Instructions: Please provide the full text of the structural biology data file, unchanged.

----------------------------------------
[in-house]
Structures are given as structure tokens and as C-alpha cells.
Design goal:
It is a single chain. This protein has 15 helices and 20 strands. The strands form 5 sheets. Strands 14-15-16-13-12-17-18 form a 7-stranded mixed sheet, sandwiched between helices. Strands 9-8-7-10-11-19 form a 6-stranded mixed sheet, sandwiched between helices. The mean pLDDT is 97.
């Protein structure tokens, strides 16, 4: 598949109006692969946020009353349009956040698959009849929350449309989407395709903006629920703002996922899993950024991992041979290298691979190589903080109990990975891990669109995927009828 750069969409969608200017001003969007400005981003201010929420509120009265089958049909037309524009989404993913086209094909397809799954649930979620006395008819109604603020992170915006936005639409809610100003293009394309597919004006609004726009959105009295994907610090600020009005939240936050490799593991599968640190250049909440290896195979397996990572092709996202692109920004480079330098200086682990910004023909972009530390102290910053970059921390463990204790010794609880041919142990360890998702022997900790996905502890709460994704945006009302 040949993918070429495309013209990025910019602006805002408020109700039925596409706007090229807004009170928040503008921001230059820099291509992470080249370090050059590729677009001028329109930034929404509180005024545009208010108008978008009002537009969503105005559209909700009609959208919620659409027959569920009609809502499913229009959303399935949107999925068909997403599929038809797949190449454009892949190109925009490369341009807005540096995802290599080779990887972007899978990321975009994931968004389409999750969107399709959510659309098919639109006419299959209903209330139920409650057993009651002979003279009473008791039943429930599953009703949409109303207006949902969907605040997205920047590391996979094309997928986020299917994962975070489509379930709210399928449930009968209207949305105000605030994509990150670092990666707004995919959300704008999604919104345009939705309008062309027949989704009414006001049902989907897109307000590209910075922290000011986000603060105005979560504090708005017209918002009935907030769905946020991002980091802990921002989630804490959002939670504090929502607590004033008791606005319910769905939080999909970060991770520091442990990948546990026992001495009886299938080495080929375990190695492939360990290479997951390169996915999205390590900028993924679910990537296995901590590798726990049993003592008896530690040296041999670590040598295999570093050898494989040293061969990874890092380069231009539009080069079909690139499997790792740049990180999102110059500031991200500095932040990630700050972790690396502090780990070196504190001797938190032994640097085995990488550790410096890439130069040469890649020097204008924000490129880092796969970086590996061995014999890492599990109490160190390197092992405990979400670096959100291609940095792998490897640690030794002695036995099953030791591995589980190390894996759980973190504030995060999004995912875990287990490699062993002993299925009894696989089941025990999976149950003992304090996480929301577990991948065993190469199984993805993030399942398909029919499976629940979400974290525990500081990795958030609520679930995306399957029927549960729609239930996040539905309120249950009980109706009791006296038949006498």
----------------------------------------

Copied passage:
[in-house]
Structures are given as structure tokens and as C-alpha cells.
Design goal:
It is a single chain. This protein has 15 helices and 20 strands. The strands form 5 sheets. Strands 14-15-16-13-12-17-18 form a 7-stranded mixed sheet, sandwiched between helices. Strands 9-8-7-10-11-19 form a 6-stranded mixed sheet, sandwiched between helices. The mean pLDDT is 97.
């Protein structure tokens, strides 16, 4: 598949109006692969946020009353349009956040698959009849929350449309989407395709903006629920703002996922899993950024991992041979290298691979190589903080109990990975891990669109995927009828 750069969409969608200017001003969007400005981003201010929420509120009265089958049909037309524009989404993913086209094909397809799954649930979620006395008819109604603020992170915006936005639409809610100003293009394309597919004006609004726009959105009295994907610090600020009005939240936050490799593991599968640190250049909440290896195979397996990572092709996202692109920004480079330098200086682990910004023909972009530390102290910053970059921390463990204790010794609880041919142990360890998702022997900790996905502890709460994704945006009302 040949993918070429495309013209990025910019602006805002408020109700039925596409706007090229807004009170928040503008921001230059820099291509992470080249370090050059590729677009001028329109930034929404509180005024545009208010108008978008009002537009969503105005559209909700009609959208919620659409027959569920009609809502499913229009959303399935949107999925068909997403599929038809797949190449454009892949190109925009490369341009807005540096995802290599080779990887972007899978990321975009994931968004389409999750969107399709959510659309098919639109006419299959209903209330139920409650057993009651002979003279009473008791039943429930599953009703949409109303207006949902969907605040997205920047590391996979094309997928986020299917994962975070489509379930709210399928449930009968209207949305105000605030994509990150670092990666707004995919959300704008999604919104345009939705309008062309027949989704009414006001049902989907897109307000590209910075922290000011986000603060105005979560504090708005017209918002009935907030769905946020991002980091802990921002989630804490959002939670504090929502607590004033008791606005319910769905939080999909970060991770520091442990990948546990026992001495009886299938080495080929375990190695492939360990290479997951390169996915999205390590900028993924679910990537296995901590590798726990049993003592008896530690040296041999670590040598295999570093050898494989040293061969990874890092380069231009539009080069079909690139499997790792740049990180999102110059500031991200500095932040990630700050972790690396502090780990070196504190001797938190032994640097085995990488550790410096890439130069040469890649020097204008924000490129880092796969970086590996061995014999890492599990109490160190390197092992405990979400670096959100291609940095792998490897640690030794002695036995099953030791591995589980190390894996759980973190504030995060999004995912875990287990490699062993002993299925009894696989089941025990999976149950003992304090996480929301577990991948065993190469199984993805993030399942398909029919499976629940979400974290525990500081990795958030609520679930995306399957029927549960729609239930996040539905309120249950009980109706009791006296038949006498």